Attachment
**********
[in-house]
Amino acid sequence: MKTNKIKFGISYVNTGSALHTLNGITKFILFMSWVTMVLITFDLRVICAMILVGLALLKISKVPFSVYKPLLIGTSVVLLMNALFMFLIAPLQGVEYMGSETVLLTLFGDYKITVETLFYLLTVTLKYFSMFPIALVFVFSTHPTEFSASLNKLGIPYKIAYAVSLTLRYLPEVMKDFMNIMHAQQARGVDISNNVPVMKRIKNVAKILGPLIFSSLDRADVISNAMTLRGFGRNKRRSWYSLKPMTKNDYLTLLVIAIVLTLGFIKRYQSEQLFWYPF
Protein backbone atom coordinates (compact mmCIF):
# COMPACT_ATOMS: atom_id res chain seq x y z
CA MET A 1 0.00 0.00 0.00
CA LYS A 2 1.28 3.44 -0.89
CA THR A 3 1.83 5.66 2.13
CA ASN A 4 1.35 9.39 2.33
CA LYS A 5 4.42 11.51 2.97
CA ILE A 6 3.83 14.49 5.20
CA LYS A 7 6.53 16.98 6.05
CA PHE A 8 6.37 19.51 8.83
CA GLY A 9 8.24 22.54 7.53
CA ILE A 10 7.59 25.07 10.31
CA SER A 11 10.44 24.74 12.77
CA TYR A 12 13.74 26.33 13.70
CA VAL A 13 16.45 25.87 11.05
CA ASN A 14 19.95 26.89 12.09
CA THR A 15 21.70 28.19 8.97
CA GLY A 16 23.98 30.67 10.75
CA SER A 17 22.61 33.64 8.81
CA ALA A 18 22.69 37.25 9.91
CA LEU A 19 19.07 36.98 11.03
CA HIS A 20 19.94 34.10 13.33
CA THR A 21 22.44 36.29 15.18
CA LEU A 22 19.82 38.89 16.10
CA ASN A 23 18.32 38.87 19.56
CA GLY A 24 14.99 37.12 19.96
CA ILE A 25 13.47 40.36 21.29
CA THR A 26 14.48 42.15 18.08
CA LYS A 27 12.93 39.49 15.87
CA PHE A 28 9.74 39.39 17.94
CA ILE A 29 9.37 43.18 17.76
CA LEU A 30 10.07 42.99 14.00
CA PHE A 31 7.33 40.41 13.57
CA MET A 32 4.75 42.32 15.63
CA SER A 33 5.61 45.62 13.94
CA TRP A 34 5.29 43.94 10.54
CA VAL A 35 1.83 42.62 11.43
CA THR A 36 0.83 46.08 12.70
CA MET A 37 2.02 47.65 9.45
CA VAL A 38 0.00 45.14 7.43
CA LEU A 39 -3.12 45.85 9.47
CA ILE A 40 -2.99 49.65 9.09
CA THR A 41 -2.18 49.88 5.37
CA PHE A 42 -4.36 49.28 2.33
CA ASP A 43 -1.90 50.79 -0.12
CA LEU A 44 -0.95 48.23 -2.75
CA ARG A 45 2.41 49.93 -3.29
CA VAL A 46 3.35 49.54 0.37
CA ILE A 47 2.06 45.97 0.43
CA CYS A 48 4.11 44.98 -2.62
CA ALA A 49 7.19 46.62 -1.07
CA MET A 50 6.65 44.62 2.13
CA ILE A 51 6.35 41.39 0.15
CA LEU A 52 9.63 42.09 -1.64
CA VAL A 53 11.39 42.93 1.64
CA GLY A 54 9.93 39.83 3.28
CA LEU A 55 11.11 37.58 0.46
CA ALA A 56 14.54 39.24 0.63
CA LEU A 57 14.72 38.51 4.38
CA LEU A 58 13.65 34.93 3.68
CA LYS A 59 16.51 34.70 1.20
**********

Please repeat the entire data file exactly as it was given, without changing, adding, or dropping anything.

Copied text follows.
[in-house]
Amino acid sequence: MKTNKIKFGISYVNTGSALHTLNGITKFILFMSWVTMVLITFDLRVICAMILVGLALLKISKVPFSVYKPLLIGTSVVLLMNALFMFLIAPLQGVEYMGSETVLLTLFGDYKITVETLFYLLTVTLKYFSMFPIALVFVFSTHPTEFSASLNKLGIPYKIAYAVSLTLRYLPEVMKDFMNIMHAQQARGVDISNNVPVMKRIKNVAKILGPLIFSSLDRADVISNAMTLRGFGRNKRRSWYSLKPMTKNDYLTLLVIAIVLTLGFIKRYQSEQLFWYPF
Protein backbone atom coordinates (compact mmCIF):
# COMPACT_ATOMS: atom_id res chain seq x y z
CA MET A 1 0.00 0.00 0.00
CA LYS A 2 1.28 3.44 -0.89
CA THR A 3 1.83 5.66 2.13
CA ASN A 4 1.35 9.39 2.33
CA LYS A 5 4.42 11.51 2.97
CA ILE A 6 3.83 14.49 5.20
CA LYS A 7 6.53 16.98 6.05
CA PHE A 8 6.37 19.51 8.83
CA GLY A 9 8.24 22.54 7.53
CA ILE A 10 7.59 25.07 10.31
CA SER A 11 10.44 24.74 12.77
CA TYR A 12 13.74 26.33 13.70
CA VAL A 13 16.45 25.87 11.05
CA ASN A 14 19.95 26.89 12.09
CA THR A 15 21.70 28.19 8.97
CA GLY A 16 23.98 30.67 10.75
CA SER A 17 22.61 33.64 8.81
CA ALA A 18 22.69 37.25 9.91
CA LEU A 19 19.07 36.98 11.03
CA HIS A 20 19.94 34.10 13.33
CA THR A 21 22.44 36.29 15.18
CA LEU A 22 19.82 38.89 16.10
CA ASN A 23 18.32 38.87 19.56
CA GLY A 24 14.99 37.12 19.96
CA ILE A 25 13.47 40.36 21.29
CA THR A 26 14.48 42.15 18.08
CA LYS A 27 12.93 39.49 15.87
CA PHE A 28 9.74 39.39 17.94
CA ILE A 29 9.37 43.18 17.76
CA LEU A 30 10.07 42.99 14.00
CA PHE A 31 7.33 40.41 13.57
CA MET A 32 4.75 42.32 15.63
CA SER A 33 5.61 45.62 13.94
CA TRP A 34 5.29 43.94 10.54
CA VAL A 35 1.83 42.62 11.43
CA THR A 36 0.83 46.08 12.70
CA MET A 37 2.02 47.65 9.45
CA VAL A 38 0.00 45.14 7.43
CA LEU A 39 -3.12 45.85 9.47
CA ILE A 40 -2.99 49.65 9.09
CA THR A 41 -2.18 49.88 5.37
CA PHE A 42 -4.36 49.28 2.33
CA ASP A 43 -1.90 50.79 -0.12
CA LEU A 44 -0.95 48.23 -2.75
CA ARG A 45 2.41 49.93 -3.29
CA VAL A 46 3.35 49.54 0.37
CA ILE A 47 2.06 45.97 0.43
CA CYS A 48 4.11 44.98 -2.62
CA ALA A 49 7.19 46.62 -1.07
CA MET A 50 6.65 44.62 2.13
CA ILE A 51 6.35 41.39 0.15
CA LEU A 52 9.63 42.09 -1.64
CA VAL A 53 11.39 42.93 1.64
CA GLY A 54 9.93 39.83 3.28
CA LEU A 55 11.11 37.58 0.46
CA ALA A 56 14.54 39.24 0.63
CA LEU A 57 14.72 38.51 4.38
CA LEU A 58 13.65 34.93 3.68
CA LYS A 59 16.51 34.70 1.20